Mahershala Ali made history on Sunday night by becoming the first Muslim actor to win an Academy Award. But as the internet exploded with the significance of the moment—a black Muslim accepting an Oscar for his supporting role in Moonlight, a film about gay men—one tweet disappeared.
“That’s a first,” wrote Pakistan’s envoy to the United Nations, Maleeha Lodhi, in reply to a tweet noting Ali’s win as a Muslim. Lodhi’s tweet was then deleted (though it lives on as a screenshot). The reason? According to Pakistani law, Ali isn’t a Muslim.
Ali follows the Ahmadiyya sect of Islam, which is outlawed in Pakistan. In that country, adherents of the Ahmadiyya faith—Ahmadis—cannot practice it without facing legal prosecution or the wrath of a vigilante mob. Although Ali’s faith and win are now making headlines, Ahmadis usually appear in the news in Pakistan when they become the victims of mass killings. Even then, the word “Muslim” doesn’t appear. Ali’s win was described as the first by an “Ahmadi” actor.
In 1974, Pakistan amended its constitution to declare Ahmadis non-Muslims, turning the sect into a religious minority. The difference, broadly speaking, between Ahmadis and Sunni Muslims is that while Sunni Muslims believe in a promised messiah, Ahmadis believe the messiah already appeared in India in the form of the sect’s founder, Mirza Ghulam Ahmad. Pakistani clerics construe this as a denial that Muhammad was the last messenger of God, a basic tenet of Islamic faith. In 1984, the Ahmadiyya faith was criminalized and its practices equated with blasphemy.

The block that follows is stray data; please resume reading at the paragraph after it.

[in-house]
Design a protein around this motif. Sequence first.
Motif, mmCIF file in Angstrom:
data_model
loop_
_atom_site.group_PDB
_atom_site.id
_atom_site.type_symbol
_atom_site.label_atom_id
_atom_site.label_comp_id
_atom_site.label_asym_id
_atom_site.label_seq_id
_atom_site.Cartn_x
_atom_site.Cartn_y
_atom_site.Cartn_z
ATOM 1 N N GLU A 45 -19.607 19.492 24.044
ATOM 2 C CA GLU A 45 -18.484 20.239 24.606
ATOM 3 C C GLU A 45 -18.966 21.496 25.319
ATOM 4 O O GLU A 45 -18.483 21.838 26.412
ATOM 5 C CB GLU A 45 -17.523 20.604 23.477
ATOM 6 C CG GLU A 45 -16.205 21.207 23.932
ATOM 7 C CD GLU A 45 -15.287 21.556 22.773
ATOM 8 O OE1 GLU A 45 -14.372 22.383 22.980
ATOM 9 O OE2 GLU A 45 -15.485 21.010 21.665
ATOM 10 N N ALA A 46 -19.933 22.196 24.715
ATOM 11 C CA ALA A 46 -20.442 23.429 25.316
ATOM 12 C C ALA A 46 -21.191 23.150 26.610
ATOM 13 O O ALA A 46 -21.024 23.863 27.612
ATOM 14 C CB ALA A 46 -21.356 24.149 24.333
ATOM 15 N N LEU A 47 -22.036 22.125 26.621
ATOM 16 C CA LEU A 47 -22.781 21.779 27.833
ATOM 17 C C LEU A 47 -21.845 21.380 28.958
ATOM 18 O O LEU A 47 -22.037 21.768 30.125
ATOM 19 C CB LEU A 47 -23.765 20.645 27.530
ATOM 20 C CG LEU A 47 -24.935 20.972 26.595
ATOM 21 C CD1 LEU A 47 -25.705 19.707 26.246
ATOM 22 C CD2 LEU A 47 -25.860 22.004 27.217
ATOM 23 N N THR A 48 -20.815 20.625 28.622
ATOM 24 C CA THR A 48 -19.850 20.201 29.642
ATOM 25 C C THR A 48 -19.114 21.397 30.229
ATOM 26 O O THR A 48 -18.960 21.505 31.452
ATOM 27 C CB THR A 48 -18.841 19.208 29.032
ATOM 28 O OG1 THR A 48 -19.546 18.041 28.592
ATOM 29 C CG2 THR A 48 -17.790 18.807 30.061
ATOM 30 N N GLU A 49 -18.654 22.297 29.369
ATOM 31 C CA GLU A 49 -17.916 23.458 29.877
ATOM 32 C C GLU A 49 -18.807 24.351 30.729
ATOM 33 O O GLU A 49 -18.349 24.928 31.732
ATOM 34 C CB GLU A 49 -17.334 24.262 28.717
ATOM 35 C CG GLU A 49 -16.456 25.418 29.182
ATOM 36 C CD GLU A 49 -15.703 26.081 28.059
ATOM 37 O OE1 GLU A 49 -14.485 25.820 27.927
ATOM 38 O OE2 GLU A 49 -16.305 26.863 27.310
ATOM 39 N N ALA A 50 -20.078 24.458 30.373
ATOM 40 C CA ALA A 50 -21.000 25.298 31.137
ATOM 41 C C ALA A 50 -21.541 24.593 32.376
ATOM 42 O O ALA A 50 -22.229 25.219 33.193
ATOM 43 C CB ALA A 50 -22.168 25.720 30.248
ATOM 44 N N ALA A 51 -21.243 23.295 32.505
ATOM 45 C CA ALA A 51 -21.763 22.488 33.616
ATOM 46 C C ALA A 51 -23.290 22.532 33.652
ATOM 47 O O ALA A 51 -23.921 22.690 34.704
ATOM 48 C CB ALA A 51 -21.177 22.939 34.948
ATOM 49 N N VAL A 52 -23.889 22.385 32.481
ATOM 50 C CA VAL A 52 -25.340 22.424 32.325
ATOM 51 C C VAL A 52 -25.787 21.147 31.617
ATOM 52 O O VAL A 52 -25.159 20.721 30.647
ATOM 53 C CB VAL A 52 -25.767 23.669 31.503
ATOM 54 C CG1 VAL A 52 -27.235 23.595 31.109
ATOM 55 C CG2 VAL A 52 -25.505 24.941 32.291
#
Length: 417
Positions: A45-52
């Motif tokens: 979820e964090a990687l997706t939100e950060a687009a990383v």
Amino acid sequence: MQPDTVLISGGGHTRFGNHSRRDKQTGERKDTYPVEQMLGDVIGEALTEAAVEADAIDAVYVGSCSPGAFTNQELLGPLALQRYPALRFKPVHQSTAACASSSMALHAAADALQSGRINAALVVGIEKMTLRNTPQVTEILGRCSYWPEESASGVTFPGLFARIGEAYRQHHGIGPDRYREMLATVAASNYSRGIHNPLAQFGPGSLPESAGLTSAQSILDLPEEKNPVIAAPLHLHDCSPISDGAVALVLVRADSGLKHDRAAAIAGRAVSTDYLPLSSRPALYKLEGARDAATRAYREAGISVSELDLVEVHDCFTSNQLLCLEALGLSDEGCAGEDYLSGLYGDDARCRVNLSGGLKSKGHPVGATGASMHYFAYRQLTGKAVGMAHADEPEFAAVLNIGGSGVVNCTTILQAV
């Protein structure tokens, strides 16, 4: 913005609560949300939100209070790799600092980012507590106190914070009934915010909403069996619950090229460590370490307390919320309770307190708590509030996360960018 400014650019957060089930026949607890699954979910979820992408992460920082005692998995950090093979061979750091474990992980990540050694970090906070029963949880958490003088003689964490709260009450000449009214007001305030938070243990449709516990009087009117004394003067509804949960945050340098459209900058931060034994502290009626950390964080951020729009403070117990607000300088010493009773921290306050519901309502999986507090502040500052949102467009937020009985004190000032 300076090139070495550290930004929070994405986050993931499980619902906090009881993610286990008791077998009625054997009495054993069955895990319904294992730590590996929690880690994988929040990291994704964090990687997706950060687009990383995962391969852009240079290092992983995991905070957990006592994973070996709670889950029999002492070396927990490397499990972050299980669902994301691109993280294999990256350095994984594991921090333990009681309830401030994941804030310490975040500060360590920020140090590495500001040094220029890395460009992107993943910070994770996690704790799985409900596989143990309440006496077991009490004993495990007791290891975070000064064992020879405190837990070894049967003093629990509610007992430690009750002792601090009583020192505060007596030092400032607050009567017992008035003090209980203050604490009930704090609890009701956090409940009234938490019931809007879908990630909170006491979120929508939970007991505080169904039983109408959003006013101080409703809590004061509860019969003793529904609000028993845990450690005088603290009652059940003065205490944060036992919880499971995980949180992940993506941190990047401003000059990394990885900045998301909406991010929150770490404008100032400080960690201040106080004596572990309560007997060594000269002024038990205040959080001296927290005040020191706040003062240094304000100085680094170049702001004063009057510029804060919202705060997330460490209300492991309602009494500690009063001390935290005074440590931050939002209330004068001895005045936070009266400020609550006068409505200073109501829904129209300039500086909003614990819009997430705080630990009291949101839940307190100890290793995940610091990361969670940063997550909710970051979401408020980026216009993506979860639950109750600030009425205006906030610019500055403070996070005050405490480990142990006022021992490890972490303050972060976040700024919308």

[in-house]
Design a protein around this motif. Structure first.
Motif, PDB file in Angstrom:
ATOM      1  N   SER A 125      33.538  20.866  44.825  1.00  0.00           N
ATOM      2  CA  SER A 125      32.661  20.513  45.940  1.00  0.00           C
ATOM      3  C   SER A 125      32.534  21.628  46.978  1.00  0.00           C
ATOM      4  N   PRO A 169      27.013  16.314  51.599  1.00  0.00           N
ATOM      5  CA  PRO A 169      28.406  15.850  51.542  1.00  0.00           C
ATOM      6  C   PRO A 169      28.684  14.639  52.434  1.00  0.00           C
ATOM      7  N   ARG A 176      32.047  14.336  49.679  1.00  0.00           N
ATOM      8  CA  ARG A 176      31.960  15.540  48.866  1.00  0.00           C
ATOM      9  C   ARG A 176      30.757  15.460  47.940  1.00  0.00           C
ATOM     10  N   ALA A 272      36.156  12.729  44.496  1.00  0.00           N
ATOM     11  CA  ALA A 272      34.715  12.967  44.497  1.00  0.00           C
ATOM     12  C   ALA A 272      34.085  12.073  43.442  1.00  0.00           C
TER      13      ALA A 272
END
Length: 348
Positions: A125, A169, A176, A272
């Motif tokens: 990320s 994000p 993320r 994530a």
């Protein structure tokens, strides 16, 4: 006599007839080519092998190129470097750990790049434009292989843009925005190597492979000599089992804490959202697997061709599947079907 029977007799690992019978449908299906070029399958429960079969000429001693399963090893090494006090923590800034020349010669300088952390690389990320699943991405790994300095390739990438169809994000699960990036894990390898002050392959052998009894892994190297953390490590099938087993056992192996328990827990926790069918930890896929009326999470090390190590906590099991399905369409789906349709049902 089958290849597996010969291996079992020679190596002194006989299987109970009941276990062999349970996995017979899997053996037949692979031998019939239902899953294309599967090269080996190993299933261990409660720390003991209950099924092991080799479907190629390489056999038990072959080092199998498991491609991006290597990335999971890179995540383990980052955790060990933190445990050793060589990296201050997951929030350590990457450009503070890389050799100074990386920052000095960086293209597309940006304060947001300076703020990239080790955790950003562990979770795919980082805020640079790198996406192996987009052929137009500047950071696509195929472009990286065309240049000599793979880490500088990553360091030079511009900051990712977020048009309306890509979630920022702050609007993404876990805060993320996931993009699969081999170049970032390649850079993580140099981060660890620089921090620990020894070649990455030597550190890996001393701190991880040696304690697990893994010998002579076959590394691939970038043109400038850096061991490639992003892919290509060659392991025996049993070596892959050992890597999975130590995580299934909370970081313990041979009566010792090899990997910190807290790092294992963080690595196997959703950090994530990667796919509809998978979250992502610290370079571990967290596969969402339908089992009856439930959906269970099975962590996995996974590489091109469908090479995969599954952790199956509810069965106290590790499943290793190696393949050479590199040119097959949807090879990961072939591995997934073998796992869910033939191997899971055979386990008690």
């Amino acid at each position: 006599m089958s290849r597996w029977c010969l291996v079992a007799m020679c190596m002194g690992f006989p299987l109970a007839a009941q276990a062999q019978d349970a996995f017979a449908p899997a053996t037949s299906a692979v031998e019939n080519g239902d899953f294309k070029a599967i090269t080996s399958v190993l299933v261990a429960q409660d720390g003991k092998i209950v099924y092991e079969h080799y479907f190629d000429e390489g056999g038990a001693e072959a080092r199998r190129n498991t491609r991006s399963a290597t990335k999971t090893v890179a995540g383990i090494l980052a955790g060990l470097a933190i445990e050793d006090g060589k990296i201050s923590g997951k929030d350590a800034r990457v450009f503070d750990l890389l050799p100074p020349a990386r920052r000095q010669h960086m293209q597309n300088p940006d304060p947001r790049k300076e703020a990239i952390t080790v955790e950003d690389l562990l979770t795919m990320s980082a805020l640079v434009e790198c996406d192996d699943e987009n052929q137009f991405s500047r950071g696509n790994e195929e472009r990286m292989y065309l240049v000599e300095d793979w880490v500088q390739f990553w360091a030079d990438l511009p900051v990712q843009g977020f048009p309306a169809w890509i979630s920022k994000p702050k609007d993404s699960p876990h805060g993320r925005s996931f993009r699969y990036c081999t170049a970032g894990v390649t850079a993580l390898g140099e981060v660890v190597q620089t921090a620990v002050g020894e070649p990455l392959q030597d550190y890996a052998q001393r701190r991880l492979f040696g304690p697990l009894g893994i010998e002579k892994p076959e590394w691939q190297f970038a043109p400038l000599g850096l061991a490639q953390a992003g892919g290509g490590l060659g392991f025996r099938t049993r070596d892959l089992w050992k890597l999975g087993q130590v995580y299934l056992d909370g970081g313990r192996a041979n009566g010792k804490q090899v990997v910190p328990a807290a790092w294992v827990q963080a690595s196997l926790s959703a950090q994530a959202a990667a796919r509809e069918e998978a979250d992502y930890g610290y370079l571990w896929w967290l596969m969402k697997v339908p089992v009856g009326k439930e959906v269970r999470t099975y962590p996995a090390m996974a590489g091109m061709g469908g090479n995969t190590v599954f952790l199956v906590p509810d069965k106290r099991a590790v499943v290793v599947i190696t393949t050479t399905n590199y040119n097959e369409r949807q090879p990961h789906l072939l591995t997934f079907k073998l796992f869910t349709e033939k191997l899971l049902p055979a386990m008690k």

According to Pakistani law, Ahmadis cannot call themselves Muslims or practice Islam. They can’t recite the declaration of faith or the call for prayer. They can’t build mosques that look like conventional mosques—or even call them “mosques.” If they use any Islamic words (including something as basic as inscribing a Qur’anic verse on a wedding invitation) they can be prosecuted.
The legislation effectively ensured that Ahmadis were treated as heretics and pariahs in Pakistan.